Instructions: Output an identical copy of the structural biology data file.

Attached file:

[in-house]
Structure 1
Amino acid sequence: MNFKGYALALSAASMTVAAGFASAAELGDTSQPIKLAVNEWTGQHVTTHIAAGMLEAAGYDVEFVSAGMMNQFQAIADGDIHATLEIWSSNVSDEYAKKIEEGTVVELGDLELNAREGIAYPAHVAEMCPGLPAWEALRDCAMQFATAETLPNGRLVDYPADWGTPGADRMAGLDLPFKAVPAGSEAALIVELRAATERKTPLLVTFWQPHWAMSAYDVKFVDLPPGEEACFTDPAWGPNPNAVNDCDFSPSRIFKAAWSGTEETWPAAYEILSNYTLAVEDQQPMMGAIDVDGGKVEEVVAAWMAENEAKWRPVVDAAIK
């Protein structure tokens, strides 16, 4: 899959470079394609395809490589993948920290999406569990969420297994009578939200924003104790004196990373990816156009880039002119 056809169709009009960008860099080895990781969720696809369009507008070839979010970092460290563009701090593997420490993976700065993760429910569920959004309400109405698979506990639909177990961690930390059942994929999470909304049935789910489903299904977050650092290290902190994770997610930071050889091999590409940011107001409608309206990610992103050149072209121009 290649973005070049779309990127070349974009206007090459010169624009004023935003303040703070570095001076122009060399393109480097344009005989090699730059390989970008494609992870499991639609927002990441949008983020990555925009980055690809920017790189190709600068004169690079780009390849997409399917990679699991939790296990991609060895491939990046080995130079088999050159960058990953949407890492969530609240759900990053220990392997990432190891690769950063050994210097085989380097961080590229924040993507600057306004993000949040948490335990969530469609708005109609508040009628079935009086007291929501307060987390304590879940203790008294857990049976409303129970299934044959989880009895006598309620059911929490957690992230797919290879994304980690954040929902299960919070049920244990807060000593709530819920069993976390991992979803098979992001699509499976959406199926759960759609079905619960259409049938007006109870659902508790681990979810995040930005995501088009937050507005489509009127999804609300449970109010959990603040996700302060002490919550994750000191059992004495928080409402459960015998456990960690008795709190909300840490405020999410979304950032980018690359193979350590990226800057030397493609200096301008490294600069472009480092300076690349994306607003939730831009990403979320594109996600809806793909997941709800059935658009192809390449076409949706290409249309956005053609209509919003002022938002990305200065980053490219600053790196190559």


[in-house]
Structure 1
Amino acid sequence: MNFKGYALALSAASMTVAAGFASAAELGDTSQPIKLAVNEWTGQHVTTHIAAGMLEAAGYDVEFVSAGMMNQFQAIADGDIHATLEIWSSNVSDEYAKKIEEGTVVELGDLELNAREGIAYPAHVAEMCPGLPAWEALRDCAMQFATAETLPNGRLVDYPADWGTPGADRMAGLDLPFKAVPAGSEAALIVELRAATERKTPLLVTFWQPHWAMSAYDVKFVDLPPGEEACFTDPAWGPNPNAVNDCDFSPSRIFKAAWSGTEETWPAAYEILSNYTLAVEDQQPMMGAIDVDGGKVEEVVAAWMAENEAKWRPVVDAAIK
């Protein structure tokens, strides 16, 4: 899959470079394609395809490589993948920290999406569990969420297994009578939200924003104790004196990373990816156009880039002119 056809169709009009960008860099080895990781969720696809369009507008070839979010970092460290563009701090593997420490993976700065993760429910569920959004309400109405698979506990639909177990961690930390059942994929999470909304049935789910489903299904977050650092290290902190994770997610930071050889091999590409940011107001409608309206990610992103050149072209121009 290649973005070049779309990127070349974009206007090459010169624009004023935003303040703070570095001076122009060399393109480097344009005989090699730059390989970008494609992870499991639609927002990441949008983020990555925009980055690809920017790189190709600068004169690079780009390849997409399917990679699991939790296990991609060895491939990046080995130079088999050159960058990953949407890492969530609240759900990053220990392997990432190891690769950063050994210097085989380097961080590229924040993507600057306004993000949040948490335990969530469609708005109609508040009628079935009086007291929501307060987390304590879940203790008294857990049976409303129970299934044959989880009895006598309620059911929490957690992230797919290879994304980690954040929902299960919070049920244990807060000593709530819920069993976390991992979803098979992001699509499976959406199926759960759609079905619960259409049938007006109870659902508790681990979810995040930005995501088009937050507005489509009127999804609300449970109010959990603040996700302060002490919550994750000191059992004495928080409402459960015998456990960690008795709190909300840490405020999410979304950032980018690359193979350590990226800057030397493609200096301008490294600069472009480092300076690349994306607003939730831009990403979320594109996600809806793909997941709800059935658009192809390449076409949706290409249309956005053609209509919003002022938002990305200065980053490219600053790196190559």